The paper is a direct product of the Global Ecological and Economic Connections in Arctic and sub-Arctic Crab Markets subgroup of the Thematic Network on Ocean Food Systems.
Snow crab is a sea-ice associated species that supports several economically important fisheries in northern latitudes. During the past decade considerable stock range changes have occurred, characterized by a general shift from sub-Arctic ecosystems into the Arctic. We developed predictive models for short-term biomass trajectories and long-term habitat potential under a changing climate. Sea ice extent and the Arctic Oscillation were important variables in the short-term models. Future sea ice extent was used as an analog for long-term habitat potential and was predicted as a function of projected atmospheric carbon dioxide concentrations and the Arctic Oscillation. Our results show that global scale snow crab habitat and biomass are currently at or near historically measured highs. Similar overall habitat potential to historic and current levels is expected to continue out to 2100 under best case CO2 scenarios but declines below historic levels are projected to begin after about 2050 under worst cast CO2 scenarios. In the short-term, most historical stock ranges are expected to maintain productive fisheries while new habitats open. In the long-term, under all CO2 scenarios, we project a shift in habitats from historic ranges into new frontiers as sea ice recedes. Future population trajectories depend upon the ability of snow crab to track habitat shifts and we discuss possible forthcoming changes in context of potential socioeconomic outcomes.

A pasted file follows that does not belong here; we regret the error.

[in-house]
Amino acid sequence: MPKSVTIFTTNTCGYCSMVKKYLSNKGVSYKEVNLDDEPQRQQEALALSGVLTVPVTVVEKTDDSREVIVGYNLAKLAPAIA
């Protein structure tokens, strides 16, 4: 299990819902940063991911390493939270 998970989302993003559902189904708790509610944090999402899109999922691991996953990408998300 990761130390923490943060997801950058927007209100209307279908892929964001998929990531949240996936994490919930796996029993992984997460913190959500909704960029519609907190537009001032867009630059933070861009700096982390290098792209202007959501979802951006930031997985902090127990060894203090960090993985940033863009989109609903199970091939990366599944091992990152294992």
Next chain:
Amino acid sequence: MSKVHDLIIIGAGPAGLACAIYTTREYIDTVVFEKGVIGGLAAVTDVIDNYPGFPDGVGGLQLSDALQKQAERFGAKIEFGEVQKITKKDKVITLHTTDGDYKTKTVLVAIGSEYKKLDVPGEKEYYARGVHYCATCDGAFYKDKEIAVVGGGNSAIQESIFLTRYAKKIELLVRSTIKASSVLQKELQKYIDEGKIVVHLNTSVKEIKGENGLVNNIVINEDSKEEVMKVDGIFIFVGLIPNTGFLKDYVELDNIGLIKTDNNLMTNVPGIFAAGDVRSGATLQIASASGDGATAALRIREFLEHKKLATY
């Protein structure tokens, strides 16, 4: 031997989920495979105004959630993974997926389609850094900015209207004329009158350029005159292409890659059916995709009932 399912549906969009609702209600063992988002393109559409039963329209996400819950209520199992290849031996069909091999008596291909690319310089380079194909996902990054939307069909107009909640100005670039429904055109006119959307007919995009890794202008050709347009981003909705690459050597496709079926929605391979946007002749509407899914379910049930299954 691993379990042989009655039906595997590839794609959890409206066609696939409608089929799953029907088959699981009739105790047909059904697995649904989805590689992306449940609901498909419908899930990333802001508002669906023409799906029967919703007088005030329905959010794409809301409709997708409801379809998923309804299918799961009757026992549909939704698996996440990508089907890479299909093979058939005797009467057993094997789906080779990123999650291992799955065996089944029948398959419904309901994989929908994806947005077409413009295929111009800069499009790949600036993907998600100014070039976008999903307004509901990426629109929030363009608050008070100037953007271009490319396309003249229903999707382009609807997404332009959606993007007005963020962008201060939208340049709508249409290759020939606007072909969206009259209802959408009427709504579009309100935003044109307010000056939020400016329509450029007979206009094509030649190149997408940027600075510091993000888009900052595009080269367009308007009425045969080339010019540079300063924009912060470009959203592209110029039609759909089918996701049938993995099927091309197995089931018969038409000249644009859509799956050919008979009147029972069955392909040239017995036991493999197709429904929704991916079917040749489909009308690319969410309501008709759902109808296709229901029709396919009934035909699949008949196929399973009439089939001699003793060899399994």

Sub-Arctic no more: Short- and long-term global-scale prospects for snow crab (Chionoecetes opilio) under global warming. Darrell R. J. Mullowney, Krista D. Baker, Cody S. Szuwalski, Stephanie A. Boudreau, Frédéric Cyr, Brooks A. Kaiser. PLOS Climate 2(10), 2023.